The Central Bank of Nigeria is set to introduce a flexible foreign exchange rate policy that will allow the bank retain a small portion of foreign exchange for critical transactions.
Addressing journalists on Tuesday at the end of the Monetary Policy Committee meeting in Abuja, the Central Bank Governor, Mr Godwin Emefiele, said that the details of the new policy would be released in coming days.
He said that the policy would guarantee improved access to foreign exchange for business to boost the economy.
Mr Emefiele reassured Nigerians that the apex bank remained committed to the attaining price stability in Nigeria.
The committee has, however, left interest rate unchanged at 12 per cent.
Withdrawal Of Foreign Exchange Allocation
The Central Bank Of Nigeria (CBN) had in June 2015 withdrew Foreign Exchange Allocation for importers of some goods into Nigeria.
The CBN Governor said importers of such goods which fall into 41 categories were expected to source for their foreign exchange privately.
In March, President Muhammadu Buhari rejected calls by the International Monetary Fund (IMF) to lift the foreign exchange ban and allow a more flexible rate for the Naira.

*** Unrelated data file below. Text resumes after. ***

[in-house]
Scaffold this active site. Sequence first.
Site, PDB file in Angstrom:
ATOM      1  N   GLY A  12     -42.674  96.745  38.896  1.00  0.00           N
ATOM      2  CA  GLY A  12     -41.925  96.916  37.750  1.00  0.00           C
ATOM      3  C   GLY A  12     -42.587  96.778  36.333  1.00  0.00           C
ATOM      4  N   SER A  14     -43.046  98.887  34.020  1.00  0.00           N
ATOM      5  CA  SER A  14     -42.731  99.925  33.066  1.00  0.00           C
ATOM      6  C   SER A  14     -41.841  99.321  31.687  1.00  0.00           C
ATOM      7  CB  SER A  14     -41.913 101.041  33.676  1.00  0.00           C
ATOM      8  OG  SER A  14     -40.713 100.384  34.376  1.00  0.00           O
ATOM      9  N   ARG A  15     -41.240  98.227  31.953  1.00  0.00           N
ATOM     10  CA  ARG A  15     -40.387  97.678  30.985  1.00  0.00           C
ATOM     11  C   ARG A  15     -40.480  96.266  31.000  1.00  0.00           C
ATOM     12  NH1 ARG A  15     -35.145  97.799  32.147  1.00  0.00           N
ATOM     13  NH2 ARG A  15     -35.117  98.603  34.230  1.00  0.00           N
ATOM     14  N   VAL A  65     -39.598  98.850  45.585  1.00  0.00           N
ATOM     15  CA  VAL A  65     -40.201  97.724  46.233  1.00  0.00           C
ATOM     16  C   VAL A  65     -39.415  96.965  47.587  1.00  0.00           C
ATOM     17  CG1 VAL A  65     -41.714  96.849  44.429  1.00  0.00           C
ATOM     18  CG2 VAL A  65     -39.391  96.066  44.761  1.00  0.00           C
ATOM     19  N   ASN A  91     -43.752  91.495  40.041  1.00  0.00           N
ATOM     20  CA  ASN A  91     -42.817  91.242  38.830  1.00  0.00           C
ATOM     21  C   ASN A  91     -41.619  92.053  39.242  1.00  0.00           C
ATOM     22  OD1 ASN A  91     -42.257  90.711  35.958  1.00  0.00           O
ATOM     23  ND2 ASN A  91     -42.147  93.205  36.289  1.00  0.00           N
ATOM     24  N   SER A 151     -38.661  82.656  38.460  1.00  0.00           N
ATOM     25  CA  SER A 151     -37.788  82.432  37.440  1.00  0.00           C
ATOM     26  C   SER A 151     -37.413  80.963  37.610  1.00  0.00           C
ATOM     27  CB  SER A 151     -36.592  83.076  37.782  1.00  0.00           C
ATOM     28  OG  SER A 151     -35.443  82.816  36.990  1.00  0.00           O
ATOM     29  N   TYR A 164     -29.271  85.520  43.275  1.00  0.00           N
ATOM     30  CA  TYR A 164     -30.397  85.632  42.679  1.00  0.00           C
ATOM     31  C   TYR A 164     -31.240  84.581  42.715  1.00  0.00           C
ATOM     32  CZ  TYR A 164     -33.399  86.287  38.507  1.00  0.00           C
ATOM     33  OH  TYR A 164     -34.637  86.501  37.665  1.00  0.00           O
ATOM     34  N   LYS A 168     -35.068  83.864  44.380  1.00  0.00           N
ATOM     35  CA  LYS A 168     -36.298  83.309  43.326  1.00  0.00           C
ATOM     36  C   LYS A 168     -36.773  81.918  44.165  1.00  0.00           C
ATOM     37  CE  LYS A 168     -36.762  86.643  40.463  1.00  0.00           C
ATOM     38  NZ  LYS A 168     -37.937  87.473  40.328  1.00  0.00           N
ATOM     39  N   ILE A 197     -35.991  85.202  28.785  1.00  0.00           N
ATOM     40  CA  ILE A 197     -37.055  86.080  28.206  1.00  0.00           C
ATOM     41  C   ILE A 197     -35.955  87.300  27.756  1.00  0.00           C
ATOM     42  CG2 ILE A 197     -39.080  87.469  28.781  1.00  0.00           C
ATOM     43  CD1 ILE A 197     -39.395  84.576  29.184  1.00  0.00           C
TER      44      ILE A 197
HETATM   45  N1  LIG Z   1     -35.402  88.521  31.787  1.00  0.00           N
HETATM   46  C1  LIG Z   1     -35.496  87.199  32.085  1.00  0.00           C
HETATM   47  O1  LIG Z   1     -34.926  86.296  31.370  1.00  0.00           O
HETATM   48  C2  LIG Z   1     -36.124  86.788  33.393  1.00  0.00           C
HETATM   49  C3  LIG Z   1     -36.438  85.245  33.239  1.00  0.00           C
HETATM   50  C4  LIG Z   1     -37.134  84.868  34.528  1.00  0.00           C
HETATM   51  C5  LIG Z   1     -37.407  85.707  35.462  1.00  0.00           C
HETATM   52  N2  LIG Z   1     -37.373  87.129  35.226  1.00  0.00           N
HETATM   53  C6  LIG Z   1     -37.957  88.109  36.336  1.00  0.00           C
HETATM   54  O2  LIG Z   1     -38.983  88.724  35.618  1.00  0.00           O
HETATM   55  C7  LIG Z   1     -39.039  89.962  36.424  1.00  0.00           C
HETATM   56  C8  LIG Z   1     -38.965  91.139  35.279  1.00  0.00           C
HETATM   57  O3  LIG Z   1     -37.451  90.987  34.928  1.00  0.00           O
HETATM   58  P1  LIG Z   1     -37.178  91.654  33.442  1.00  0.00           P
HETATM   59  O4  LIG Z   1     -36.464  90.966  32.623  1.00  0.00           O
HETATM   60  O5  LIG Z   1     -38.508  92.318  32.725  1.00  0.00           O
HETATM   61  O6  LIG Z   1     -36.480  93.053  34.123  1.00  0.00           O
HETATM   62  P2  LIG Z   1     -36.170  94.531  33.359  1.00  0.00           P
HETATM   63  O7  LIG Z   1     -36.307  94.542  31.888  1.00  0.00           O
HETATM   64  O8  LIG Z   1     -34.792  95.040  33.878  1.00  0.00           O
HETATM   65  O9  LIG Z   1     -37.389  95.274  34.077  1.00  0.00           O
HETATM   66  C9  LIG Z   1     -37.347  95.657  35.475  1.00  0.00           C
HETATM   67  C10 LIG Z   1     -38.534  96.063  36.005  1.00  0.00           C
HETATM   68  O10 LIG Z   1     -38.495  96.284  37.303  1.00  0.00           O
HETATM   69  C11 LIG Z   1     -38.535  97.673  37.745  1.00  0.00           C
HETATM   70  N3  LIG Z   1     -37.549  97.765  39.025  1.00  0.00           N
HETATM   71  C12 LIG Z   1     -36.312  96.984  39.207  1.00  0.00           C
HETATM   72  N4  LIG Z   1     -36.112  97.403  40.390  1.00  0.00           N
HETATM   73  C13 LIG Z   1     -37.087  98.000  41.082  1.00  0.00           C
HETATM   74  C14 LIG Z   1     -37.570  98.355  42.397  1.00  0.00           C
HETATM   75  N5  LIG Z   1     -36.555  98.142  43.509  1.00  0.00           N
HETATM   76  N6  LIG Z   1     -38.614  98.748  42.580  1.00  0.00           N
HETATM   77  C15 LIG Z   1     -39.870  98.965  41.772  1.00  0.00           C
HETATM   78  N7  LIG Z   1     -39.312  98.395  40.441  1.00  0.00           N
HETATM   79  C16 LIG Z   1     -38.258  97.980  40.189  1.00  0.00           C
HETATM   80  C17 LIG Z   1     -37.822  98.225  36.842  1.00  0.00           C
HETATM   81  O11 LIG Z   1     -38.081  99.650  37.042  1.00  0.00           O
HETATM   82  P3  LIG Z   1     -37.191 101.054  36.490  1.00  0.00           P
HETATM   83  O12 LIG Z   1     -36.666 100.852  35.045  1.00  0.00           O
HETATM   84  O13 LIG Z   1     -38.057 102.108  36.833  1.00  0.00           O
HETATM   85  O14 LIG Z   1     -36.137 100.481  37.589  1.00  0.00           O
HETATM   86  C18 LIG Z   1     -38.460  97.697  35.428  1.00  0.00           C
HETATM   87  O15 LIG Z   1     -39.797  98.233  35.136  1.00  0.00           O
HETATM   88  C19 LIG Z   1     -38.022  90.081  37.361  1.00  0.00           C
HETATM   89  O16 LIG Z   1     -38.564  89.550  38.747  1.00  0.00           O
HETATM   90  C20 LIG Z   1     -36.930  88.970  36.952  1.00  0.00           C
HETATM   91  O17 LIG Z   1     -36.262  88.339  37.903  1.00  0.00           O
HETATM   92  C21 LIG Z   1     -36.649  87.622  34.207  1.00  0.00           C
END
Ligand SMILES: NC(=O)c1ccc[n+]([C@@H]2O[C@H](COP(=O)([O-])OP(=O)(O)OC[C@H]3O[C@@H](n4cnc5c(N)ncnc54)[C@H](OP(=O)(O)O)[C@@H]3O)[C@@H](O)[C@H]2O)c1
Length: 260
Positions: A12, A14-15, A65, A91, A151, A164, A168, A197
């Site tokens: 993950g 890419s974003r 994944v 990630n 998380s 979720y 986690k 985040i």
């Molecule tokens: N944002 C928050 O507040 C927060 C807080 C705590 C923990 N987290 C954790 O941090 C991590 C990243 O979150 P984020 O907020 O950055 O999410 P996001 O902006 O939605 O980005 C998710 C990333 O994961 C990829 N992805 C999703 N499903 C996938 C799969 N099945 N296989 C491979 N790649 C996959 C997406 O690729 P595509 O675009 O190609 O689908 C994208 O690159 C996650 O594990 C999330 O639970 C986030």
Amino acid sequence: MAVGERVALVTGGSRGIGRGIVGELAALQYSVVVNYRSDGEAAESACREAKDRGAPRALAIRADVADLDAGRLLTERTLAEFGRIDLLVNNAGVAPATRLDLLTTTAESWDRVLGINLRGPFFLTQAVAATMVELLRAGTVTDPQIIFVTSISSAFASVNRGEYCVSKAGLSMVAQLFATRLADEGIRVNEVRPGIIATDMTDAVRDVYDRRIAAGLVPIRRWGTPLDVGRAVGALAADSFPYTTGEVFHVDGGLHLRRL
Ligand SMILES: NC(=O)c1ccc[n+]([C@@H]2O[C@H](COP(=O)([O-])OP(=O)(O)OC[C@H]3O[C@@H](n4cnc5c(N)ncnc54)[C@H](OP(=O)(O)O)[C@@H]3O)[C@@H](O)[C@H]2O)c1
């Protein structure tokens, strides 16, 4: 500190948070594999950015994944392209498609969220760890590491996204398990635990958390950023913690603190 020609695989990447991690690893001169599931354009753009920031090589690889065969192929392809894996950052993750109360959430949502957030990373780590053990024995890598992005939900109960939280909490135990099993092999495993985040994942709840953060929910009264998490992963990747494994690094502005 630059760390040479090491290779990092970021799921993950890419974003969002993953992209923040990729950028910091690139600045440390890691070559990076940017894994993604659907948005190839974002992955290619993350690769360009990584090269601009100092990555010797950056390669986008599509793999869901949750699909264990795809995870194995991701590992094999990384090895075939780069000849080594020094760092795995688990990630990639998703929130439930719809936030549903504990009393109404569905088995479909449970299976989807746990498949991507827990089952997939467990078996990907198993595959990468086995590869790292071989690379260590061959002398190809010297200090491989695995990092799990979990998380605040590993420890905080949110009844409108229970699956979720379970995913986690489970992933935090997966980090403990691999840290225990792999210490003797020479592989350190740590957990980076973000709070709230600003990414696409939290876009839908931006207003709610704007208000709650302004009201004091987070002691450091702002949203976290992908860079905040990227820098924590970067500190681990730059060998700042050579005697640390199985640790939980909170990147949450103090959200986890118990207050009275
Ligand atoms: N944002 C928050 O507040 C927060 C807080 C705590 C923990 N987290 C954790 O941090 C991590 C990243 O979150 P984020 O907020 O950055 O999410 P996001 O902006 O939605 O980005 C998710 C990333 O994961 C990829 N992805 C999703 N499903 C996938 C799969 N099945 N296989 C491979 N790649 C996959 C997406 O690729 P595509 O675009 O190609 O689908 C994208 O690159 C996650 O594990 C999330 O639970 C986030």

In an interview on a Pan-Arab Television, President Buhari said hard currency curbs were necessary, as Nigeria could no longer afford to import as much as it did in the past due to the falling oil revenues.
The IMF had in February called on Nigeria to lift the restrictions imposed by the Central Bank and let the Naira reflect “market forces” more closely, as the restrictions had significantly affected the private sector.
While the official exchange rate of the Naira to a dollar remained at 197 Naira, the parallel market floats between 285 to 347 Naira to a dollar.
Foreign Exchange Manipulation
Some economists have called for the devaluation of the Naira to reflect the realities of the foreign exchange market but the government has rejected that call, with President Buhari saying he is still not convinced that the vast majority of ordinary Nigerians will derive any tangible benefit from a devaluation of the Naira.
The government had also in March claimed that ‘certain elements’ within some of the nation’s national institutions were using their accomplices to manipulate the foreign exchange market.
Reading a riot act to financial regulators the Attorney General of the Federation and Minister of Justice, Mr Abubakar Malami, said the individuals rather than exert their regulatory powers have chosen to manipulate the market to the detriment of the national economy.